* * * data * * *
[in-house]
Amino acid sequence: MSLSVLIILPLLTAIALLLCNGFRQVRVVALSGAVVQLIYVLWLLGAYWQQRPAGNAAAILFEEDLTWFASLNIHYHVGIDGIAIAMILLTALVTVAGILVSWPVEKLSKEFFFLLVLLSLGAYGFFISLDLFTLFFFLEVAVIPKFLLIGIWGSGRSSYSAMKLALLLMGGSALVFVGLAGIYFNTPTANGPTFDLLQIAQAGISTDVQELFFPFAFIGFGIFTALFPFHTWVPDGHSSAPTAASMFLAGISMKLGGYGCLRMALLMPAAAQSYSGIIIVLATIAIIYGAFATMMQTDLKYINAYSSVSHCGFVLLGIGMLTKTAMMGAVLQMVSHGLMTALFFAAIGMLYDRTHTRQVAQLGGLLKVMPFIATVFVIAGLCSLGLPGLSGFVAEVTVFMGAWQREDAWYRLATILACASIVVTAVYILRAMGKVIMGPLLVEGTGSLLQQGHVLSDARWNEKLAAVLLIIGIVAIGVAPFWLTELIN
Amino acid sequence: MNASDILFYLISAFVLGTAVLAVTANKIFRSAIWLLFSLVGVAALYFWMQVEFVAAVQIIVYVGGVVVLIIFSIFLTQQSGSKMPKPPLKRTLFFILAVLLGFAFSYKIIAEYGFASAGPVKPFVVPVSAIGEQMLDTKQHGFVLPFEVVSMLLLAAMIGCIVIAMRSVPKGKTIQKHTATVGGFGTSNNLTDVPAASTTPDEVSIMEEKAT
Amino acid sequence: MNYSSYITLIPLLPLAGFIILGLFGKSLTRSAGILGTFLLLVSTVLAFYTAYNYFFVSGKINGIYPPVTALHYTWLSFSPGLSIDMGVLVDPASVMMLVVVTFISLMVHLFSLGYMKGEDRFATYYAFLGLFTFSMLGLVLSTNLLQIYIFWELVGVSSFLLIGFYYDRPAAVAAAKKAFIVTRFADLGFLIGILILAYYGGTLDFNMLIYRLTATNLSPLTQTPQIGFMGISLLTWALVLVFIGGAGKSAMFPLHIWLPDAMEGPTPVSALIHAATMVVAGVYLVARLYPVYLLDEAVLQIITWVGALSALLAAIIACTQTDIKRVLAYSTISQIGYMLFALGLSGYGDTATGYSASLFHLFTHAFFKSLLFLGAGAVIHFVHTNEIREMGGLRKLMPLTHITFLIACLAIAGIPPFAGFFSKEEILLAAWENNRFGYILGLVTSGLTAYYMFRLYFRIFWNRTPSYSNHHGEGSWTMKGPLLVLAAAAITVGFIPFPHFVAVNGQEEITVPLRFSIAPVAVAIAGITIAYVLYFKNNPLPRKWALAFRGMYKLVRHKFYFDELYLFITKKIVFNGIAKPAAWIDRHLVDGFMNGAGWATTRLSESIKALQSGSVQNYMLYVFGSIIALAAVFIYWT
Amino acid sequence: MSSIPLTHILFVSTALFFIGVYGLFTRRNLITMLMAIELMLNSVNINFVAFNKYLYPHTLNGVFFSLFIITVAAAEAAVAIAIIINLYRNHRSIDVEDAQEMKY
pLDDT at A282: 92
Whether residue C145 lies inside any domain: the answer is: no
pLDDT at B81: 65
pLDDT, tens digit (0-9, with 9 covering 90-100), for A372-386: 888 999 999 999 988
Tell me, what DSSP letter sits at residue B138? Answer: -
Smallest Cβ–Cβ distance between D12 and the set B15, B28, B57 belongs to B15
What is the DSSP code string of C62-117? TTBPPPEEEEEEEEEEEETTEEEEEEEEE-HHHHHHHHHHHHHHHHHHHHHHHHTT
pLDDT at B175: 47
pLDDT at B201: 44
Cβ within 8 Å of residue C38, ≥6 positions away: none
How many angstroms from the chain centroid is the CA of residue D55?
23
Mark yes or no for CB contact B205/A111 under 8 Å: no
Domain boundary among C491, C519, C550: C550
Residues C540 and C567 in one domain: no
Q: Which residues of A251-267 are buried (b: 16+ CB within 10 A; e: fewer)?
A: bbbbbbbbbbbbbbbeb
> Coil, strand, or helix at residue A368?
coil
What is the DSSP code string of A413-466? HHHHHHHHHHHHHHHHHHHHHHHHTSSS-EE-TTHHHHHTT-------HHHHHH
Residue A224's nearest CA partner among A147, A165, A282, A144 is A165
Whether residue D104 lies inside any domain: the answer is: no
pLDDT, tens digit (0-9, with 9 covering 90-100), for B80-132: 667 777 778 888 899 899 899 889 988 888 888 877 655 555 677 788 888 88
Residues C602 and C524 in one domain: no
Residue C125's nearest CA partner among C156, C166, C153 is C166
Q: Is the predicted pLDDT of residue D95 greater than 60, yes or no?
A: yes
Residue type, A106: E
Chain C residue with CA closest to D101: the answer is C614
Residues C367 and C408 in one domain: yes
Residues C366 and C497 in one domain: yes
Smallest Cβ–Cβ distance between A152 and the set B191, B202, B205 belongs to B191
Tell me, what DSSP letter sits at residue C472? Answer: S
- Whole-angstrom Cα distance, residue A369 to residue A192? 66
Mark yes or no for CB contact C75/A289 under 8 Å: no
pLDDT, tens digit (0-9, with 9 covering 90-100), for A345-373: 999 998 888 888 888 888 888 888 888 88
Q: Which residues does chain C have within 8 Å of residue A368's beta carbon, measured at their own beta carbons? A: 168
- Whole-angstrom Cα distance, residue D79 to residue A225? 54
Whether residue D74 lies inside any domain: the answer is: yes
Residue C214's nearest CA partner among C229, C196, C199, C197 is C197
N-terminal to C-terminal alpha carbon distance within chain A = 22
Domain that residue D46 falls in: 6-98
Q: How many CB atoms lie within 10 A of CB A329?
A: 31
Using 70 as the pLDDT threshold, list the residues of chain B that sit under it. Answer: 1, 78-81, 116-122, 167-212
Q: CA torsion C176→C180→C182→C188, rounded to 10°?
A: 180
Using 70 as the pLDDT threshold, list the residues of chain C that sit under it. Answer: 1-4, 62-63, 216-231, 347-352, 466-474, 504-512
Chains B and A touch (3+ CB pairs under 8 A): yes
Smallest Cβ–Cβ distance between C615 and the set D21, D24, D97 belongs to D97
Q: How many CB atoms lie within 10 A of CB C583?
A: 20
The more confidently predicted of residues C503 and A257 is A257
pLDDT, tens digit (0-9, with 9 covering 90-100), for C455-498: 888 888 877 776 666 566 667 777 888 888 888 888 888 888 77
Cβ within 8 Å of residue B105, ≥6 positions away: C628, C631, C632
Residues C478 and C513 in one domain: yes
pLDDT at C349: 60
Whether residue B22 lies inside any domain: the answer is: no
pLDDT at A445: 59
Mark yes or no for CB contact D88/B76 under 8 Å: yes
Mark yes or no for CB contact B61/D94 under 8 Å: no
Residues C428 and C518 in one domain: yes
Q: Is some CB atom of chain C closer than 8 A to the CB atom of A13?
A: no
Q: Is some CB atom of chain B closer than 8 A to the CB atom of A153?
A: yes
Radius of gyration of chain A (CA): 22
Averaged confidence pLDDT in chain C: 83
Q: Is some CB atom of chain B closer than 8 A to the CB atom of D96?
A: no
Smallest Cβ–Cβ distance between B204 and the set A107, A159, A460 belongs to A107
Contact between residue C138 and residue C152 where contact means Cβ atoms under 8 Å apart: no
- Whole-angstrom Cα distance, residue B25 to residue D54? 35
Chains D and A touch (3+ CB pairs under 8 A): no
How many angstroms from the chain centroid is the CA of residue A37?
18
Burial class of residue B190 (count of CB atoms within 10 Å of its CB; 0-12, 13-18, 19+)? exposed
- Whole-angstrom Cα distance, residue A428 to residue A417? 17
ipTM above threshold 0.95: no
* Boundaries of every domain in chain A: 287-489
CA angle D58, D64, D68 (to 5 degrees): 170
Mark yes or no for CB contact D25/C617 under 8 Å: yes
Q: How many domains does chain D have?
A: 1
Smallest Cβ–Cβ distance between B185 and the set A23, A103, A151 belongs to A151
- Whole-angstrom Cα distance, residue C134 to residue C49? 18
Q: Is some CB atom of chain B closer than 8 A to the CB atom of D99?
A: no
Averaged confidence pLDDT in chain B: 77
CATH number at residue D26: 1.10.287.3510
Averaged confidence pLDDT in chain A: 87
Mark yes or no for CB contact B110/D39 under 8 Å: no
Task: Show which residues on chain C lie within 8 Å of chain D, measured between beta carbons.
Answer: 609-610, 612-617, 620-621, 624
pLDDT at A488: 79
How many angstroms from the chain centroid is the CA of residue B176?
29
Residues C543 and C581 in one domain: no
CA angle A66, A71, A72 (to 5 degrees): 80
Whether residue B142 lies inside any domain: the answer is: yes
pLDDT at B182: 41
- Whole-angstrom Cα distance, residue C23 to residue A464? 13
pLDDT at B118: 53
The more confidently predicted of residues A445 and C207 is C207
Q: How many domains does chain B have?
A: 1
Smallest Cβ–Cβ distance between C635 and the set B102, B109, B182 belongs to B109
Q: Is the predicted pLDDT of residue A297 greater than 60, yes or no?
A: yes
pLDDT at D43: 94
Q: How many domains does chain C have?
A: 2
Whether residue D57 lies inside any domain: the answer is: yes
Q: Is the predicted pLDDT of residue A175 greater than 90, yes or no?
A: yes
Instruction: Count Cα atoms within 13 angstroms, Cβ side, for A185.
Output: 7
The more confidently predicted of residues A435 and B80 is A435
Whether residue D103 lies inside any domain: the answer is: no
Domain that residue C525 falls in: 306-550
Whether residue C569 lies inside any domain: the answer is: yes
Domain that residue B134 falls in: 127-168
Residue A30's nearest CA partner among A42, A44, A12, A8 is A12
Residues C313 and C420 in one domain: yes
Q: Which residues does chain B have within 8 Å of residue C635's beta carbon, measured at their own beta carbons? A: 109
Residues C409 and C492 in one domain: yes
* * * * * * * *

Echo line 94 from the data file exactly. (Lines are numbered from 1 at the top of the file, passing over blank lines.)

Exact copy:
Averaged confidence pLDDT in chain B: 77